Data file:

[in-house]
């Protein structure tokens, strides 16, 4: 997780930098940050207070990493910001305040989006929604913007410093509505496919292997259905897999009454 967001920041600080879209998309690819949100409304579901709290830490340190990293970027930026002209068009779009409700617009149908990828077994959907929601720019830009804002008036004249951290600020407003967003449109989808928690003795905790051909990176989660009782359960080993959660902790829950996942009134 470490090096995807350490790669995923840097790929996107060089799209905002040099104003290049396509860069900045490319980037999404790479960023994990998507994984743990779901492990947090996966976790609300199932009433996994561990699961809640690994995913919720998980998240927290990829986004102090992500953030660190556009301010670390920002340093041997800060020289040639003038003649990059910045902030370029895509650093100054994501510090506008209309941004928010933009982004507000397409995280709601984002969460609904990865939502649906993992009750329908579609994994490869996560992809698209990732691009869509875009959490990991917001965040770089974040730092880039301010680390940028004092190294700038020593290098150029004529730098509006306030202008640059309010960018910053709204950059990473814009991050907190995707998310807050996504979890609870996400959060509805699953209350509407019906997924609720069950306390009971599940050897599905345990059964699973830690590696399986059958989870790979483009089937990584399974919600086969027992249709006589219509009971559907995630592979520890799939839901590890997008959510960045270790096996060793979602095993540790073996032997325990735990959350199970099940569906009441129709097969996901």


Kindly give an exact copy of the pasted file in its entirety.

[in-house]
């Protein structure tokens, strides 16, 4: 997780930098940050207070990493910001305040989006929604913007410093509505496919292997259905897999009454 967001920041600080879209998309690819949100409304579901709290830490340190990293970027930026002209068009779009409700617009149908990828077994959907929601720019830009804002008036004249951290600020407003967003449109989808928690003795905790051909990176989660009782359960080993959660902790829950996942009134 470490090096995807350490790669995923840097790929996107060089799209905002040099104003290049396509860069900045490319980037999404790479960023994990998507994984743990779901492990947090996966976790609300199932009433996994561990699961809640690994995913919720998980998240927290990829986004102090992500953030660190556009301010670390920002340093041997800060020289040639003038003649990059910045902030370029895509650093100054994501510090506008209309941004928010933009982004507000397409995280709601984002969460609904990865939502649906993992009750329908579609994994490869996560992809698209990732691009869509875009959490990991917001965040770089974040730092880039301010680390940028004092190294700038020593290098150029004529730098509006306030202008640059309010960018910053709204950059990473814009991050907190995707998310807050996504979890609870996400959060509805699953209350509407019906997924609720069950306390009971599940050897599905345990059964699973830690590696399986059958989870790979483009089937990584399974919600086969027992249709006589219509009971559907995630592979520890799939839901590890997008959510960045270790096996060793979602095993540790073996032997325990735990959350199970099940569906009441129709097969996901």